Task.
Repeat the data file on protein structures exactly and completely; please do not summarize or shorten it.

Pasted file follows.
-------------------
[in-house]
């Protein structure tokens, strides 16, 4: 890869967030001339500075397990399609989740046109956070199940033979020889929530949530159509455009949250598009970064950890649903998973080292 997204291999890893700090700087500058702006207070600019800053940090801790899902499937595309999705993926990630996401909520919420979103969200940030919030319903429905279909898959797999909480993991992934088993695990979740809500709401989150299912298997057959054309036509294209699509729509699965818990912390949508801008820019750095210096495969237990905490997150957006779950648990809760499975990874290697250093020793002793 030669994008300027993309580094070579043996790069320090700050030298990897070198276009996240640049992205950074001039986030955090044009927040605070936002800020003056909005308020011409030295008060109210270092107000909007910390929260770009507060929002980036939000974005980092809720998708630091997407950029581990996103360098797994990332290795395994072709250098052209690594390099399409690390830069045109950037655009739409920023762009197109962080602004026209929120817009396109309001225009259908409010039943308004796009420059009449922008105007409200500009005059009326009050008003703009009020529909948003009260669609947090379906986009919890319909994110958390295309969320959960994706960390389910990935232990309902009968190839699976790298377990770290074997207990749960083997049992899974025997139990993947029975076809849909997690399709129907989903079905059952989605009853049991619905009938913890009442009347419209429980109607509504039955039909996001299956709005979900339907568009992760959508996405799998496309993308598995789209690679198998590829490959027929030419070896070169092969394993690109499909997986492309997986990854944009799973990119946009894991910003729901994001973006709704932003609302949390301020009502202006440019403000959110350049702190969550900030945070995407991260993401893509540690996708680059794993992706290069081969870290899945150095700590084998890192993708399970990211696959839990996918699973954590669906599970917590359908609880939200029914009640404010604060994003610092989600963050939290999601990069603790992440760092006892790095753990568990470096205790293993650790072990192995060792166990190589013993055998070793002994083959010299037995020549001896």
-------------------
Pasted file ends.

[in-house]
């Protein structure tokens, strides 16, 4: 890869967030001339500075397990399609989740046109956070199940033979020889929530949530159509455009949250598009970064950890649903998973080292 997204291999890893700090700087500058702006207070600019800053940090801790899902499937595309999705993926990630996401909520919420979103969200940030919030319903429905279909898959797999909480993991992934088993695990979740809500709401989150299912298997057959054309036509294209699509729509699965818990912390949508801008820019750095210096495969237990905490997150957006779950648990809760499975990874290697250093020793002793 030669994008300027993309580094070579043996790069320090700050030298990897070198276009996240640049992205950074001039986030955090044009927040605070936002800020003056909005308020011409030295008060109210270092107000909007910390929260770009507060929002980036939000974005980092809720998708630091997407950029581990996103360098797994990332290795395994072709250098052209690594390099399409690390830069045109950037655009739409920023762009197109962080602004026209929120817009396109309001225009259908409010039943308004796009420059009449922008105007409200500009005059009326009050008003703009009020529909948003009260669609947090379906986009919890319909994110958390295309969320959960994706960390389910990935232990309902009968190839699976790298377990770290074997207990749960083997049992899974025997139990993947029975076809849909997690399709129907989903079905059952989605009853049991619905009938913890009442009347419209429980109607509504039955039909996001299956709005979900339907568009992760959508996405799998496309993308598995789209690679198998590829490959027929030419070896070169092969394993690109499909997986492309997986990854944009799973990119946009894991910003729901994001973006709704932003609302949390301020009502202006440019403000959110350049702190969550900030945070995407991260993401893509540690996708680059794993992706290069081969870290899945150095700590084998890192993708399970990211696959839990996918699973954590669906599970917590359908609880939200029914009640404010604060994003610092989600963050939290999601990069603790992440760092006892790095753990568990470096205790293993650790072990192995060792166990190589013993055998070793002994083959010299037995020549001896």